Being raised by two parents that love Jesus and believe in the Church is undoubtedly a piece of my story that deserves an early and significant place in the story of my preparation. One cannot begin to develop the priority that I place on a community centered around faith in a vacuum. I don’t remember a time in life that our schedule, priorities and energy were not committed to the work of Christ in the world. I felt more at home in Sunday school classrooms than I did at school or on the sports field or even at Pipe Organ Pizza. The church of my childhood was as much a part of my development as my DNA. I was educated in friendship, jealousy, heartbreak, joy, laughter and despair by experiencing the fullness on life with my faith community.
We lived in the neighborhood behind our church and on the short drive, we passed most of our best friend’s houses. Both of my parents, as well as my friend’s parents, served the church. Whether it be as choir director or board chair, finance committee leader or capital campaign chair, we found ourselves playing in the hallways while our parents were “working” most weeks. Looking back on it, this was a brilliant parenting strategy. This commitment to church life provided the parents time together and a nursery worker to lasso their wild offspring. There was nothing that could make me happier than the announcement that we were eating Happy Meals at the church tonight.
This was my family. We vacationed together. We played together. We went to each other events. We watched our parents support each other. We saw how much fun our parents had together when they sat on the beach or by the lake or in worship or played cards or even walked through hard seasons.
My parent’s closest friends belonged to a Sunday School named The Explorers. Almost 40 years later, I could pick up the phone and call anyone in that group and not only would they be there for my parents, but they would be there for me, my spouse or my kids. This is the kind of preparation I had in the advent of my life when it came to finding your people. We can go years without seeing each other, but when we do, it is like we are instantly transform into 8 year-olds hiding from our parents on the metal folding chair racks because we don’t want to go home.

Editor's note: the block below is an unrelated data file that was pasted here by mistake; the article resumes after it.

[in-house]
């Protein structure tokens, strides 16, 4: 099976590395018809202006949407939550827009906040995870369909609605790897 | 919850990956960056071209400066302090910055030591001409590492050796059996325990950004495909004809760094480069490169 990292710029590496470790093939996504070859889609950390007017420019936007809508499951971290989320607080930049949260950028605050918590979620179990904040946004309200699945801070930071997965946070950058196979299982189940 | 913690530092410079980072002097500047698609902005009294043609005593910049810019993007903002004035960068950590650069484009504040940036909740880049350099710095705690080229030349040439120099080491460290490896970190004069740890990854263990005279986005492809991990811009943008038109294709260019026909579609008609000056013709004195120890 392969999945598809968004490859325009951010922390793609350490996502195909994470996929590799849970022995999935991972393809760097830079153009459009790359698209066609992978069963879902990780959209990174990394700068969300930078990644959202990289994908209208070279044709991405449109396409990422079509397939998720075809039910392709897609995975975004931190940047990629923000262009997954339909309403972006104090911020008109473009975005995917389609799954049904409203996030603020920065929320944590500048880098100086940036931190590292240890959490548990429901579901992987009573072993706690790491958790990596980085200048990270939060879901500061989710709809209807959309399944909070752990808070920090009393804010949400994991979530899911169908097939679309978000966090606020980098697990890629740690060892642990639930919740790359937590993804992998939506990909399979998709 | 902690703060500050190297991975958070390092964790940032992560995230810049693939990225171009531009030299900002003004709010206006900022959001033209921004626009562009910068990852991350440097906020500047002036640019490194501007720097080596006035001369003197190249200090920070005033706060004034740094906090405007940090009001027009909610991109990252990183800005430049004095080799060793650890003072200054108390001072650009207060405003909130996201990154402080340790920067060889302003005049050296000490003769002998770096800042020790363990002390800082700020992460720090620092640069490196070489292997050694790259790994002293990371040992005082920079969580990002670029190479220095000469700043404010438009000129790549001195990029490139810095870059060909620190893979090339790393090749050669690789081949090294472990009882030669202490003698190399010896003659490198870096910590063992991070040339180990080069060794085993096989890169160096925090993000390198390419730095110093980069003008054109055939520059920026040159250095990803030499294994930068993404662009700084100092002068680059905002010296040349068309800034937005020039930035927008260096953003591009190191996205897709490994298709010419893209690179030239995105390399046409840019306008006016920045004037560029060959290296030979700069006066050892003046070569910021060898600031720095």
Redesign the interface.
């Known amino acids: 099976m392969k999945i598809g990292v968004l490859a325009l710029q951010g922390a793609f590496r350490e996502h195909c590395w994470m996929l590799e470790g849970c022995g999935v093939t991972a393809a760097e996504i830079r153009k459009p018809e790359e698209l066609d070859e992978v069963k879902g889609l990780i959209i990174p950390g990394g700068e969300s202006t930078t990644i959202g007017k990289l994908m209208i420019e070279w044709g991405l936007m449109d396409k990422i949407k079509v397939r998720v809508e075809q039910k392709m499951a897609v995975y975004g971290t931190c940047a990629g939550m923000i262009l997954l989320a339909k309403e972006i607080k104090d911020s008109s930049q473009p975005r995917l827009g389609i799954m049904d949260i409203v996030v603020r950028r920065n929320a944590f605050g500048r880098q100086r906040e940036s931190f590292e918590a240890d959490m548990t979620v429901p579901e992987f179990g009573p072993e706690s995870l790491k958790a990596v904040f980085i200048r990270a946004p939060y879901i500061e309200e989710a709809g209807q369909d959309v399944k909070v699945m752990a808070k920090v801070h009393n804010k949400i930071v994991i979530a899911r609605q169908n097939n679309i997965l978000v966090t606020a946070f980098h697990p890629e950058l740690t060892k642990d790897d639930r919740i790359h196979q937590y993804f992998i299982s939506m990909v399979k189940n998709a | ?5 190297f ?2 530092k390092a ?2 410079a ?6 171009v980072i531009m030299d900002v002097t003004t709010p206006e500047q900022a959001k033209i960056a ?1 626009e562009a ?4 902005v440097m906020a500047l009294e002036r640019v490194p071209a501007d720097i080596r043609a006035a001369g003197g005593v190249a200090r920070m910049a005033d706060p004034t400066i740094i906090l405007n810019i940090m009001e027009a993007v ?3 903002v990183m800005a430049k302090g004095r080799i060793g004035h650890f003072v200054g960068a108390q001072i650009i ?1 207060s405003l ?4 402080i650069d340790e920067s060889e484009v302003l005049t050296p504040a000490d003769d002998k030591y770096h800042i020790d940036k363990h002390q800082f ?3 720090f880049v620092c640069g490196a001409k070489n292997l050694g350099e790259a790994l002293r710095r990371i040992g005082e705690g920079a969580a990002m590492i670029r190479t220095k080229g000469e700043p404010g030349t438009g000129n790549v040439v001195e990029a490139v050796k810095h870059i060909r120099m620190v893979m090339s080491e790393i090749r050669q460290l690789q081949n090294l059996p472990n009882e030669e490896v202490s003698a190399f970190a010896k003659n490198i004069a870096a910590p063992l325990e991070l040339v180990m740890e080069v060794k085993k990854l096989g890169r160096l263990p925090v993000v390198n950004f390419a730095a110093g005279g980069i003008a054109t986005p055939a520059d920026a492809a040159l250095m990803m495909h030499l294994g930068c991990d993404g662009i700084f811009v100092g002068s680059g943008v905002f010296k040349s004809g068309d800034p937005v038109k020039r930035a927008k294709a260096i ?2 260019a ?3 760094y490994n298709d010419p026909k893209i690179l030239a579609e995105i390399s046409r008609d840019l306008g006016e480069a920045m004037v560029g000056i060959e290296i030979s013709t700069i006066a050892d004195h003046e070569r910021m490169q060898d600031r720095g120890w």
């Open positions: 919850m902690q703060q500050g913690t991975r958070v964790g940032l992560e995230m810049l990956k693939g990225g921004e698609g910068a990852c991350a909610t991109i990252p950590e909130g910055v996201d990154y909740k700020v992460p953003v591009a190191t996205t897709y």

I never felt shamed. I always knew I belonged. I believed that I was included. I saw the adults in my church give of their talents and time and sleep to impact our lives. This happened in the church building on Westheimer Rd., but it also happened in my living room and in the back room at Los Tios. It happened in the car on the way to camp and as we were jumping off cliffs in central Texas. I don’t remember a single “Jesus said not to…” lecture and I still know every word to Psalty’s songs and “We Like Sheep”. In the advent of my faith, I was blessed to have the engrained words of a song that I still sing on hard days, because it is so true.
Bullfrogs and butterflies, they’ve both been born again.
If you have been around the Church very long, you know that not every experience is this much fun. There were rocky roads ahead. But when I look back on the formational years of my life, I have no doubt that the preparation for my calling and love of the Church was rooted by a group of 30-somethings that said that they needed Jesus and each other to get through life.